As a business owner you pay 1.4 times the EI rate that an employee does, meaning that any hike hits you even harder! Payroll taxes are the most difficult for your business to cope with since you have to pay them whether you make any money or not.
What are the rates right now?
The current federal rate for employers is $2.21. It has been frozen since 2020, as a relief measure due to the COVID-19 pandemic. In Quebec, the current rate for employers sits at $1.65.
EI RATES (per $100 insurable earnings)
What’s next for EI rates?
Support for those who lost their income remains critical during the pandemic, whether they are employees or self-employed. However, it should not make anyone better off than when they were working.
There have been calls to make some relief measures permanent, such as through a guaranteed income program or enhanced sick leave provisions. But the government must not overload the EI system with additional costs related to the pandemic. Such costs will only mean higher EI premiums and a more precarious position down the road for small businesses.
What does this mean for you?
While EI rates have been going down since 2019 and were frozen during the pandemic, CPP/QPP premiums still went up in January 2021. This increases the cost of labour for your business at a time when you can least afford it.
What is CFIB doing about this?
We’ve long advocated for more fairness in the EI system for employers. Over the years, we’ve been able to score some big wins for small business:
- In 2012, the federal government announced the seven-year break-even rate that ensures EI funds are used exclusively for the EI program during that time frame.
- In 2014, the government implemented a CFIB idea by creating the Small Business Job Credit (SBJC) which, until 2016, helped you pay just 1.2 times the employee EI rate.
- In August 2020, the government announced an EI rate freeze until 2022 to help employers and employees cope with the pandemic.
The safe and rapid return to employment will be essential in ensuring the recovery of your businesses. That’s why we’re keeping up the fight by recommending some of the following things to government:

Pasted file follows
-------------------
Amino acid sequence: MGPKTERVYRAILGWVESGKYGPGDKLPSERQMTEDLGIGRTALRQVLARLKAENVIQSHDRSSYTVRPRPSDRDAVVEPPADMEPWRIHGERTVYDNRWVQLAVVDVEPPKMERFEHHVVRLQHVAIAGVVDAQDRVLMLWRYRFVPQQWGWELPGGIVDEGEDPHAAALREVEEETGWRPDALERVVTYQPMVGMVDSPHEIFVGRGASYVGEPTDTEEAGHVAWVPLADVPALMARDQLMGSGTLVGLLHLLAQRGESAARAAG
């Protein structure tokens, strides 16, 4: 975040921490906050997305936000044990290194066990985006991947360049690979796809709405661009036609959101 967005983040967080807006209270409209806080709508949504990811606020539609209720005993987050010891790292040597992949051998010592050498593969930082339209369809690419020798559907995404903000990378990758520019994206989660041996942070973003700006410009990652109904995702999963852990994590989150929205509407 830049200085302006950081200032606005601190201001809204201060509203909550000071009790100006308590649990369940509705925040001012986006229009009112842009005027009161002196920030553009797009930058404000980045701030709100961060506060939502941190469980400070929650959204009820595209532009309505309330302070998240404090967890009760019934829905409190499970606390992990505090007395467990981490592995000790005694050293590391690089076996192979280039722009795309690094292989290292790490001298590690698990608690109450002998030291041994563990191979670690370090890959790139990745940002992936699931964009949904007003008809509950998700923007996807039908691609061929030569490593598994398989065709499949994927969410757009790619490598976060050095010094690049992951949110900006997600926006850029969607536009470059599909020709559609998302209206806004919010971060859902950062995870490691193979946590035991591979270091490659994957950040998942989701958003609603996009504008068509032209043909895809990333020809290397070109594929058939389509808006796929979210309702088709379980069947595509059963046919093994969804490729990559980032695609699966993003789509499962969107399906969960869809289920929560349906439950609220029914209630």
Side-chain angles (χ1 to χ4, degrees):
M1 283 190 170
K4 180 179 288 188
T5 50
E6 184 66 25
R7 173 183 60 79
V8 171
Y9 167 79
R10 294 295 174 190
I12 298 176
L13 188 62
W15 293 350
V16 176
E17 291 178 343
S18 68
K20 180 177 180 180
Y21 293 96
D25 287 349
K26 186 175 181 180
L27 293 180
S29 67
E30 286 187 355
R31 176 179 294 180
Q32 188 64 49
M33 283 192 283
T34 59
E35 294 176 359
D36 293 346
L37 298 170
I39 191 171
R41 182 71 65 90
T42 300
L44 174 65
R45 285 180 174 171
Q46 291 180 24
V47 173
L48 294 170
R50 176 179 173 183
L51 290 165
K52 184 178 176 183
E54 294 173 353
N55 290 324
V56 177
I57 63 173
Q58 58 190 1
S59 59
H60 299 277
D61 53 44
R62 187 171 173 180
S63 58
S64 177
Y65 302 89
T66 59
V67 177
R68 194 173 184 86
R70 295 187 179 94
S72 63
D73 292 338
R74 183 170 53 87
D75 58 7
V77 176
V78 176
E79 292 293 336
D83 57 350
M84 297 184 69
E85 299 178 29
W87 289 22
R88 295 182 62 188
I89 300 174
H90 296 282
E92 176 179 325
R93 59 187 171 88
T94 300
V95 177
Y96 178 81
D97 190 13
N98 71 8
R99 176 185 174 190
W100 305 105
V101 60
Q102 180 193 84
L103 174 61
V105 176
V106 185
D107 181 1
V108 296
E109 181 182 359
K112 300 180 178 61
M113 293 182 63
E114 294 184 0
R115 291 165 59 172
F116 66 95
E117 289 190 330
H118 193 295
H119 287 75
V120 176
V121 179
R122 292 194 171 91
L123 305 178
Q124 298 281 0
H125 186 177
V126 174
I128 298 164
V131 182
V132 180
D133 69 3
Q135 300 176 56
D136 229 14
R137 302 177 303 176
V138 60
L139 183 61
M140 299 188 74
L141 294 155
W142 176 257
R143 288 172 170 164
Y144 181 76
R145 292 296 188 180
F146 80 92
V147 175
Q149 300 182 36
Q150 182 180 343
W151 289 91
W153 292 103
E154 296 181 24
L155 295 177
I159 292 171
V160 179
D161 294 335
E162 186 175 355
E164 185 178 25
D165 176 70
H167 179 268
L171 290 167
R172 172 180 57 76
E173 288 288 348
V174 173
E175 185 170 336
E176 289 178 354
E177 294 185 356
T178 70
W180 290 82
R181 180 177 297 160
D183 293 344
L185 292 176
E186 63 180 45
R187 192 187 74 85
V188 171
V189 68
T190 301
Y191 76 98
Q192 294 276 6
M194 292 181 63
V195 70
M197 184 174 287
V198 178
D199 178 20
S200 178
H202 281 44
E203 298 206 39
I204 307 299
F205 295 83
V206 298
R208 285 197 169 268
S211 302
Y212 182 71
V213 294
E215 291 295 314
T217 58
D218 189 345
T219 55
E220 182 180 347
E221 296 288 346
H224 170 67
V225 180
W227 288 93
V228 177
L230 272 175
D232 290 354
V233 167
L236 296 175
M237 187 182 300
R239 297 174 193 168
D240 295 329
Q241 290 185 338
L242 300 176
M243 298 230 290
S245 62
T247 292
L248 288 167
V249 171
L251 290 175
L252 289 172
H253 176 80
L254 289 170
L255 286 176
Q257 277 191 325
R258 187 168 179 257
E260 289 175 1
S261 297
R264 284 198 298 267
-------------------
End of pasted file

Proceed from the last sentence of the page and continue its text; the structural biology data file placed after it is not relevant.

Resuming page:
- Do not make any permanent changes that could add additional costs to the EI system until after the pandemic when the economy and small businesses have fully recovered.
- Ensure robust consultation with small business around any proposed changes to EI. Employers and employees pay for the EI system and therefore should have a say in how it is run.
- Introduce an EI rebate for small businesses which effectively lowers the rate they pay from 1.4 times the employee rate to 1.2 times.
- Ensure more transparency around how EI funds are being used to ensure that the hard-earned money that you and your employees pay into EI is only used for EI-related expenses.
- Introduce a training tax credit, such as a refundable income tax credit or an EI credit, which recognizes the investments you make in hiring and training your employees.
- Create an EI credit to encourage businesses to hire more youth between the ages of 18 and 24 that would offer employers a 12-month break on EI premiums – a Liberal Party pledge during the last federal election.
- Implement a 50/50 split in EI premiums so that employers don’t contribute more than their fair share.
- Consider putting in place a permanently lower EI rate for small businesses.
- Implement a system to allow business owners to claim over-contributions. While employees get a refund on their tax return if they go over their maximum annual contribution, employers can’t.
Want more information?
Find out more about EI, including what to do if you’re self-employed or employ family members. And for government relief details, online resources and frequently asked questions, visit our COVID-19 Small Business Help Centre.